737 Clips Light After Cockpit Typo
Favorable geography and fortunate civic planning were cited in allowing a charter aircraft the chance to continue its flight from Belfast to Corfu on July 21, 2017, after a typo in the cockpit. The Sunwing Airlines Boeing 737 ran over a runway end light and continued 100 feet beyond before staggering into the air, according to a report from the U.K.’s Air Accidents Investigations Branch. The AAIB determined that one of the pilots incorrectly typed into the flight management system that the outside temperature was about 50 degrees below zero when it was actually a comfortable 63 degrees F. Anticipating the thick air of an Arctic winter, the computer set takeoff power at about 60 percent, woefully inadequate for the task ahead.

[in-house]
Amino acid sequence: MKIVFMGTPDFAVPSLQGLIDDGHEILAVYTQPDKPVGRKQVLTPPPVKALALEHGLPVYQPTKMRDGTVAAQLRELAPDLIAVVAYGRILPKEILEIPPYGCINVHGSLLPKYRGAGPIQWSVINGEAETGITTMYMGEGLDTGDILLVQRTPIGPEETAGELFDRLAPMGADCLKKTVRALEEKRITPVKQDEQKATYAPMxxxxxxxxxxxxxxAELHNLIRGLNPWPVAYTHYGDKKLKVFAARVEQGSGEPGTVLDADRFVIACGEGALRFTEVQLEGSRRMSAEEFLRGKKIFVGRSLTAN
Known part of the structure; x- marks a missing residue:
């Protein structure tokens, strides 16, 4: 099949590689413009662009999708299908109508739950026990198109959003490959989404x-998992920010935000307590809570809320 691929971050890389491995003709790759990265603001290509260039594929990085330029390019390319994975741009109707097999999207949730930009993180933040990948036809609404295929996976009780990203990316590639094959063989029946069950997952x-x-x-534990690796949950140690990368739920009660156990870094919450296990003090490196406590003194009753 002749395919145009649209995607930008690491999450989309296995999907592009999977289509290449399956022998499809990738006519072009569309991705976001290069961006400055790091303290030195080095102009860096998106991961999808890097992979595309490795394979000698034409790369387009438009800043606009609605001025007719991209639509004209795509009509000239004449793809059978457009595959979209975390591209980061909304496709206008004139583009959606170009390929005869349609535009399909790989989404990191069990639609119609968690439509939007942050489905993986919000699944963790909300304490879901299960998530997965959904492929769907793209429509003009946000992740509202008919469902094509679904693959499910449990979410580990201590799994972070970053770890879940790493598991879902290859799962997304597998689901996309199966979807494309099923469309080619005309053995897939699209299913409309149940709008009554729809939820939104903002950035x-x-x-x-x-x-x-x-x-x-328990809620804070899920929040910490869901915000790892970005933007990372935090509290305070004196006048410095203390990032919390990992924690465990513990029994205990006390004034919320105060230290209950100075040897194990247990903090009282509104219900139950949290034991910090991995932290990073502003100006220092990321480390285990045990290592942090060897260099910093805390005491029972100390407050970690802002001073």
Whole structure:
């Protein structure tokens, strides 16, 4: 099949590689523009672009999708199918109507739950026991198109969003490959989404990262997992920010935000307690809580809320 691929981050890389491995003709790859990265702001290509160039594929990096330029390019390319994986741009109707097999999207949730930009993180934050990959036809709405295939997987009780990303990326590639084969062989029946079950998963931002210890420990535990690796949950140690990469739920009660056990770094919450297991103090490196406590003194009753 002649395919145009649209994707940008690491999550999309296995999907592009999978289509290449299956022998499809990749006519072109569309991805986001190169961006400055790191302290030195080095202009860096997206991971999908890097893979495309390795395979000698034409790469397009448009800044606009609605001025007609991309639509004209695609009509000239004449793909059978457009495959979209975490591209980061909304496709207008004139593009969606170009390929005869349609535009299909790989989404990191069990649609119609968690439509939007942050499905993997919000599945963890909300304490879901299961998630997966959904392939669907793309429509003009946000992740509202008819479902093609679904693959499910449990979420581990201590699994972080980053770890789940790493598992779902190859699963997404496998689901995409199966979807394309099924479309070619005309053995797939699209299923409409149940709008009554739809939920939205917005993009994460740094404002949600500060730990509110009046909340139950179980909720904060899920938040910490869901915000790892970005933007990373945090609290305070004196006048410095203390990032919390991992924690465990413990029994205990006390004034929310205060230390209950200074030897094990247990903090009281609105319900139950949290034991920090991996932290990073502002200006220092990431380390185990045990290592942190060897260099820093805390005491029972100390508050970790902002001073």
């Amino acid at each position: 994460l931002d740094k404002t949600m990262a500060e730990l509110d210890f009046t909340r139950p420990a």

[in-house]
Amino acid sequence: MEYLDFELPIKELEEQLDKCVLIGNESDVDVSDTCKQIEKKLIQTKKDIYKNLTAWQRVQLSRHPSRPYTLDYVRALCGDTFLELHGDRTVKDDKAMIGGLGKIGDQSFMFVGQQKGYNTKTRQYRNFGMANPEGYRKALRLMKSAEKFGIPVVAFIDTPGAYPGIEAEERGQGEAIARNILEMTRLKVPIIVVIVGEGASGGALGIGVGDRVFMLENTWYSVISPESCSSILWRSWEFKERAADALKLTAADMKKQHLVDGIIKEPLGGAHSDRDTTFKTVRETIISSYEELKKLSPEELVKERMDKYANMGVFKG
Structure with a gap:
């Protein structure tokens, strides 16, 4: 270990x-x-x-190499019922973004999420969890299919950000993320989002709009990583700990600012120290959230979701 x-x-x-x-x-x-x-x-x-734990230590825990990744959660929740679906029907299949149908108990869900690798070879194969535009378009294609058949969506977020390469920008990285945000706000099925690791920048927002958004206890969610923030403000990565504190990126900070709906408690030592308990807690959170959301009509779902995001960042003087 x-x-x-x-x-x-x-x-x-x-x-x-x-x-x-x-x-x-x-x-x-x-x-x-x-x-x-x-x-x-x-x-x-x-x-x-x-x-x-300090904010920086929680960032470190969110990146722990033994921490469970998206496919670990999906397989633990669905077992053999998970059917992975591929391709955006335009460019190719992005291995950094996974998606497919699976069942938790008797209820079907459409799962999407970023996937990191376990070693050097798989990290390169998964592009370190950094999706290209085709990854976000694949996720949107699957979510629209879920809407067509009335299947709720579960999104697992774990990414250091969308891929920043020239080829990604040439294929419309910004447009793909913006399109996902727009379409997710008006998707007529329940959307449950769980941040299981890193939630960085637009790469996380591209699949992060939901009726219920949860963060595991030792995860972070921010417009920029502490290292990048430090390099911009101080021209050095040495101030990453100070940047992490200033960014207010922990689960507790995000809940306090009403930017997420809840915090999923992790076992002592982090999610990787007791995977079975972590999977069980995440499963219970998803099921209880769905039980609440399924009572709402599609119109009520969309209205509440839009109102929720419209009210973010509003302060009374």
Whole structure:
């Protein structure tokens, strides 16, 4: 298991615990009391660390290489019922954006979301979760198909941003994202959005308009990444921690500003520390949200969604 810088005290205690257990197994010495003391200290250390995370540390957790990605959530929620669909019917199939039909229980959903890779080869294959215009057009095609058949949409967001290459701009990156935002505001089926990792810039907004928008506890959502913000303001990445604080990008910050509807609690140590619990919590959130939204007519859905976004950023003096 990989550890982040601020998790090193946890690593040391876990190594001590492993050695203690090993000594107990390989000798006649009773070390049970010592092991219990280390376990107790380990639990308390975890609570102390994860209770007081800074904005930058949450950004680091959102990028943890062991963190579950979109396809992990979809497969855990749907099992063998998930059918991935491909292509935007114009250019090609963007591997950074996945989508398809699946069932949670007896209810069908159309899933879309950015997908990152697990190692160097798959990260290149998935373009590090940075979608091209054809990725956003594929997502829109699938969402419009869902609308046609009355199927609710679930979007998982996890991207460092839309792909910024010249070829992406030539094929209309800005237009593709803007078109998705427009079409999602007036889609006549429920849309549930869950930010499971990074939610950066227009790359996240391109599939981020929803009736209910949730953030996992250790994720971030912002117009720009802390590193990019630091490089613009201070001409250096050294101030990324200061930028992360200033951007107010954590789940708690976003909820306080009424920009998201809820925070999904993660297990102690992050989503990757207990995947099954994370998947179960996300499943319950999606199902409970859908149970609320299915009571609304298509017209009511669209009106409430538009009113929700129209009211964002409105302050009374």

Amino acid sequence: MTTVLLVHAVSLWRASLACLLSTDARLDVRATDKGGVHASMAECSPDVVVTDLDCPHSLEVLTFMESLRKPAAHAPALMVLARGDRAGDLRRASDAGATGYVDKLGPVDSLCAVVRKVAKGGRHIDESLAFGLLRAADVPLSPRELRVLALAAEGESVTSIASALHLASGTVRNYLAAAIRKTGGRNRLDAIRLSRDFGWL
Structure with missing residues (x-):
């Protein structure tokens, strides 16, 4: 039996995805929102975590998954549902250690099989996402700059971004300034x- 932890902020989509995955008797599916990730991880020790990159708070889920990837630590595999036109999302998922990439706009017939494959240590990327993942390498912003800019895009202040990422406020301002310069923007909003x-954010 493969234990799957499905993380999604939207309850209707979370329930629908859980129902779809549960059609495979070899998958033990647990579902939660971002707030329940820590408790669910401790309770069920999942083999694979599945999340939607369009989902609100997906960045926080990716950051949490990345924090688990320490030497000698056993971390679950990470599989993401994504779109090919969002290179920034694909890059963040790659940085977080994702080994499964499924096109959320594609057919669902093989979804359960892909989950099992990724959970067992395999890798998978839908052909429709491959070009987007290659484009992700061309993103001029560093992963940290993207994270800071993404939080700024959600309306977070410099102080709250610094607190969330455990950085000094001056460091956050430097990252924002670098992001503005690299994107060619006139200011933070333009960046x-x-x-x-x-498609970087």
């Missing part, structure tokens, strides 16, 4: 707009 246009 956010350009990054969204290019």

"The low acceleration of the aircraft was not recognized by the crew until the aircraft was rapidly approaching the end of the runway," the report said. Thankfully, the end of that runway at Belfast has no buildings, power lines or trees off the end and the 737 was able to claw to a safe altitude. The engines didn’t reach full power until the aircraft was about two-and-a-half miles away and 800 feet AGL. The AAIB determined the aircraft didn’t have a software update that would have warned the crew the temperature they set didn’t jibe and the airline says it’s been fixed. "The safety of our customers continues to be our top priority and we have confidence that these mitigating actions taken in co-operation with regulatory bodies and software providers reflect this commitment," the airline said in an email to Bloomberg.